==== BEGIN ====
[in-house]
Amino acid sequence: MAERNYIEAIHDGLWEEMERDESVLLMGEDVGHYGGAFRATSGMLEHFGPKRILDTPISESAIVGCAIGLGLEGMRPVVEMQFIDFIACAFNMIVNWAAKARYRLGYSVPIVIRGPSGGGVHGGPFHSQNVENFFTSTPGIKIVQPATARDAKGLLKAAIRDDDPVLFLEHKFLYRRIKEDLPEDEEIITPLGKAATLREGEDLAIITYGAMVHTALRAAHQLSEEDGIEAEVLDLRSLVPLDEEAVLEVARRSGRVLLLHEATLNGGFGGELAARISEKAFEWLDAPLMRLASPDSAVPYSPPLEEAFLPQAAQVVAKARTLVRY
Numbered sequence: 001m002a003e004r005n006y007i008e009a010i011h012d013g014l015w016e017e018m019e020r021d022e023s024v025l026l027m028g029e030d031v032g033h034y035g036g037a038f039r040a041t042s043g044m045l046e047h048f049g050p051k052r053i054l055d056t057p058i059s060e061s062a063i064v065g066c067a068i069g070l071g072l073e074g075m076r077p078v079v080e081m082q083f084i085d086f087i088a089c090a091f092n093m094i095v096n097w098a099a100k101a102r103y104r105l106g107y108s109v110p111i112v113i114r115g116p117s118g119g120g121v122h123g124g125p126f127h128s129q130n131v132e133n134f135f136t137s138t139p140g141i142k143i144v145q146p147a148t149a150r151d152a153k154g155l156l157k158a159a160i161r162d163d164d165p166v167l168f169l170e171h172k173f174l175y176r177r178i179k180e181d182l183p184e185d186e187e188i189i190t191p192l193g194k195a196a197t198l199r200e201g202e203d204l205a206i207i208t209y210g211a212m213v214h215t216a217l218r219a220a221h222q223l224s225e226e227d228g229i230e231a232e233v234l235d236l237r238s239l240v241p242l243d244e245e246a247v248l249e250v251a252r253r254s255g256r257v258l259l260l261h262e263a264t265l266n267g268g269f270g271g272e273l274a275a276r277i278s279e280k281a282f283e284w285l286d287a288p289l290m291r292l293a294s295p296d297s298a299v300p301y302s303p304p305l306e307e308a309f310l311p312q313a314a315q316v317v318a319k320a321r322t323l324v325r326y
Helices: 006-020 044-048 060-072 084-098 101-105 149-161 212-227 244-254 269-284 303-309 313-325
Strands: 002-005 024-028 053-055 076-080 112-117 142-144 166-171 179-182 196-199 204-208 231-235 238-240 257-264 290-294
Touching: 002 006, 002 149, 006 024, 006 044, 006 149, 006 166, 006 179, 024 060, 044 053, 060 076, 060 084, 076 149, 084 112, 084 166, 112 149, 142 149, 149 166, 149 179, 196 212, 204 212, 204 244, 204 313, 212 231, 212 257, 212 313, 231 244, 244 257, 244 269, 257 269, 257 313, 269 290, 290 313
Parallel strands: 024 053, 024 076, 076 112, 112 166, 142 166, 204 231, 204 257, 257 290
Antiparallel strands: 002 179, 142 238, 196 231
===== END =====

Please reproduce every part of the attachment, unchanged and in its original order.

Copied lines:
[in-house]
Amino acid sequence: MAERNYIEAIHDGLWEEMERDESVLLMGEDVGHYGGAFRATSGMLEHFGPKRILDTPISESAIVGCAIGLGLEGMRPVVEMQFIDFIACAFNMIVNWAAKARYRLGYSVPIVIRGPSGGGVHGGPFHSQNVENFFTSTPGIKIVQPATARDAKGLLKAAIRDDDPVLFLEHKFLYRRIKEDLPEDEEIITPLGKAATLREGEDLAIITYGAMVHTALRAAHQLSEEDGIEAEVLDLRSLVPLDEEAVLEVARRSGRVLLLHEATLNGGFGGELAARISEKAFEWLDAPLMRLASPDSAVPYSPPLEEAFLPQAAQVVAKARTLVRY
Numbered sequence: 001m002a003e004r005n006y007i008e009a010i011h012d013g014l015w016e017e018m019e020r021d022e023s024v025l026l027m028g029e030d031v032g033h034y035g036g037a038f039r040a041t042s043g044m045l046e047h048f049g050p051k052r053i054l055d056t057p058i059s060e061s062a063i064v065g066c067a068i069g070l071g072l073e074g075m076r077p078v079v080e081m082q083f084i085d086f087i088a089c090a091f092n093m094i095v096n097w098a099a100k101a102r103y104r105l106g107y108s109v110p111i112v113i114r115g116p117s118g119g120g121v122h123g124g125p126f127h128s129q130n131v132e133n134f135f136t137s138t139p140g141i142k143i144v145q146p147a148t149a150r151d152a153k154g155l156l157k158a159a160i161r162d163d164d165p166v167l168f169l170e171h172k173f174l175y176r177r178i179k180e181d182l183p184e185d186e187e188i189i190t191p192l193g194k195a196a197t198l199r200e201g202e203d204l205a206i207i208t209y210g211a212m213v214h215t216a217l218r219a220a221h222q223l224s225e226e227d228g229i230e231a232e233v234l235d236l237r238s239l240v241p242l243d244e245e246a247v248l249e250v251a252r253r254s255g256r257v258l259l260l261h262e263a264t265l266n267g268g269f270g271g272e273l274a275a276r277i278s279e280k281a282f283e284w285l286d287a288p289l290m291r292l293a294s295p296d297s298a299v300p301y302s303p304p305l306e307e308a309f310l311p312q313a314a315q316v317v318a319k320a321r322t323l324v325r326y
Helices: 006-020 044-048 060-072 084-098 101-105 149-161 212-227 244-254 269-284 303-309 313-325
Strands: 002-005 024-028 053-055 076-080 112-117 142-144 166-171 179-182 196-199 204-208 231-235 238-240 257-264 290-294
Touching: 002 006, 002 149, 006 024, 006 044, 006 149, 006 166, 006 179, 024 060, 044 053, 060 076, 060 084, 076 149, 084 112, 084 166, 112 149, 142 149, 149 166, 149 179, 196 212, 204 212, 204 244, 204 313, 212 231, 212 257, 212 313, 231 244, 244 257, 244 269, 257 269, 257 313, 269 290, 290 313
Parallel strands: 024 053, 024 076, 076 112, 112 166, 142 166, 204 231, 204 257, 257 290
Antiparallel strands: 002 179, 142 238, 196 231